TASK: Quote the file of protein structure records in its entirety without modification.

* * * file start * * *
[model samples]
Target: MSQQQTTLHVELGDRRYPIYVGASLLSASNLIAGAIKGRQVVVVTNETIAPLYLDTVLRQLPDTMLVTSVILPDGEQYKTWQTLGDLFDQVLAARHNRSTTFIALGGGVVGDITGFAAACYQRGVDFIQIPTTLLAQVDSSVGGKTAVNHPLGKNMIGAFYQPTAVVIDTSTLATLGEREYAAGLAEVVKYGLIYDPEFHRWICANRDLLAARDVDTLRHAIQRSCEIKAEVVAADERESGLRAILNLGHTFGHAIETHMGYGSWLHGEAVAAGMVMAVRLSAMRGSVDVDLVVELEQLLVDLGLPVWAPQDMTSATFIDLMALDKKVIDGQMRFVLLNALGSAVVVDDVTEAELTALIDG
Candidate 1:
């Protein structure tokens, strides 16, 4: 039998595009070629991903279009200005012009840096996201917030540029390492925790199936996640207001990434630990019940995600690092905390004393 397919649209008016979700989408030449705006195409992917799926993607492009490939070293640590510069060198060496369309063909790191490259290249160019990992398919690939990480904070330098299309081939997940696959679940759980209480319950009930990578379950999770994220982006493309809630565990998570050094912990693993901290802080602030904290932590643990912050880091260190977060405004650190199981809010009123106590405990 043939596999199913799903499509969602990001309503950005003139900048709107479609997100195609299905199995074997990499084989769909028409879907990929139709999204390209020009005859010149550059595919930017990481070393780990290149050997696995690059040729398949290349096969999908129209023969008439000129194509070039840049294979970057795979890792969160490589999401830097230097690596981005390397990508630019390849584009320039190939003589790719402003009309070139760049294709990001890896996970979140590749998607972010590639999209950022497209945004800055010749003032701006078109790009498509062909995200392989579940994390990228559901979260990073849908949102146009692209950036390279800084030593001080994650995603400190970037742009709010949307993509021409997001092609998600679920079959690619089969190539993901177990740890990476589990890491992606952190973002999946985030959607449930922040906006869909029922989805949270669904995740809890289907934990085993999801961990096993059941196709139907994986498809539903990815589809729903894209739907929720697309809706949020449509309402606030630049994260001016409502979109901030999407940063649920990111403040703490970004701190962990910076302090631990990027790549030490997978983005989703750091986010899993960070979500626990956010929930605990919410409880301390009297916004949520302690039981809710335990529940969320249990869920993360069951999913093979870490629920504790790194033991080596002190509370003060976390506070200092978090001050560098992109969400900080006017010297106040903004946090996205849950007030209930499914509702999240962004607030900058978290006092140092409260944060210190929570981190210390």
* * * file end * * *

[model samples]
Target: MSQQQTTLHVELGDRRYPIYVGASLLSASNLIAGAIKGRQVVVVTNETIAPLYLDTVLRQLPDTMLVTSVILPDGEQYKTWQTLGDLFDQVLAARHNRSTTFIALGGGVVGDITGFAAACYQRGVDFIQIPTTLLAQVDSSVGGKTAVNHPLGKNMIGAFYQPTAVVIDTSTLATLGEREYAAGLAEVVKYGLIYDPEFHRWICANRDLLAARDVDTLRHAIQRSCEIKAEVVAADERESGLRAILNLGHTFGHAIETHMGYGSWLHGEAVAAGMVMAVRLSAMRGSVDVDLVVELEQLLVDLGLPVWAPQDMTSATFIDLMALDKKVIDGQMRFVLLNALGSAVVVDDVTEAELTALIDG
Candidate 1:
């Protein structure tokens, strides 16, 4: 039998595009070629991903279009200005012009840096996201917030540029390492925790199936996640207001990434630990019940995600690092905390004393 397919649209008016979700989408030449705006195409992917799926993607492009490939070293640590510069060198060496369309063909790191490259290249160019990992398919690939990480904070330098299309081939997940696959679940759980209480319950009930990578379950999770994220982006493309809630565990998570050094912990693993901290802080602030904290932590643990912050880091260190977060405004650190199981809010009123106590405990 043939596999199913799903499509969602990001309503950005003139900048709107479609997100195609299905199995074997990499084989769909028409879907990929139709999204390209020009005859010149550059595919930017990481070393780990290149050997696995690059040729398949290349096969999908129209023969008439000129194509070039840049294979970057795979890792969160490589999401830097230097690596981005390397990508630019390849584009320039190939003589790719402003009309070139760049294709990001890896996970979140590749998607972010590639999209950022497209945004800055010749003032701006078109790009498509062909995200392989579940994390990228559901979260990073849908949102146009692209950036390279800084030593001080994650995603400190970037742009709010949307993509021409997001092609998600679920079959690619089969190539993901177990740890990476589990890491992606952190973002999946985030959607449930922040906006869909029922989805949270669904995740809890289907934990085993999801961990096993059941196709139907994986498809539903990815589809729903894209739907929720697309809706949020449509309402606030630049994260001016409502979109901030999407940063649920990111403040703490970004701190962990910076302090631990990027790549030490997978983005989703750091986010899993960070979500626990956010929930605990919410409880301390009297916004949520302690039981809710335990529940969320249990869920993360069951999913093979870490629920504790790194033991080596002190509370003060976390506070200092978090001050560098992109969400900080006017010297106040903004946090996205849950007030209930499914509702999240962004607030900058978290006092140092409260944060210190929570981190210390």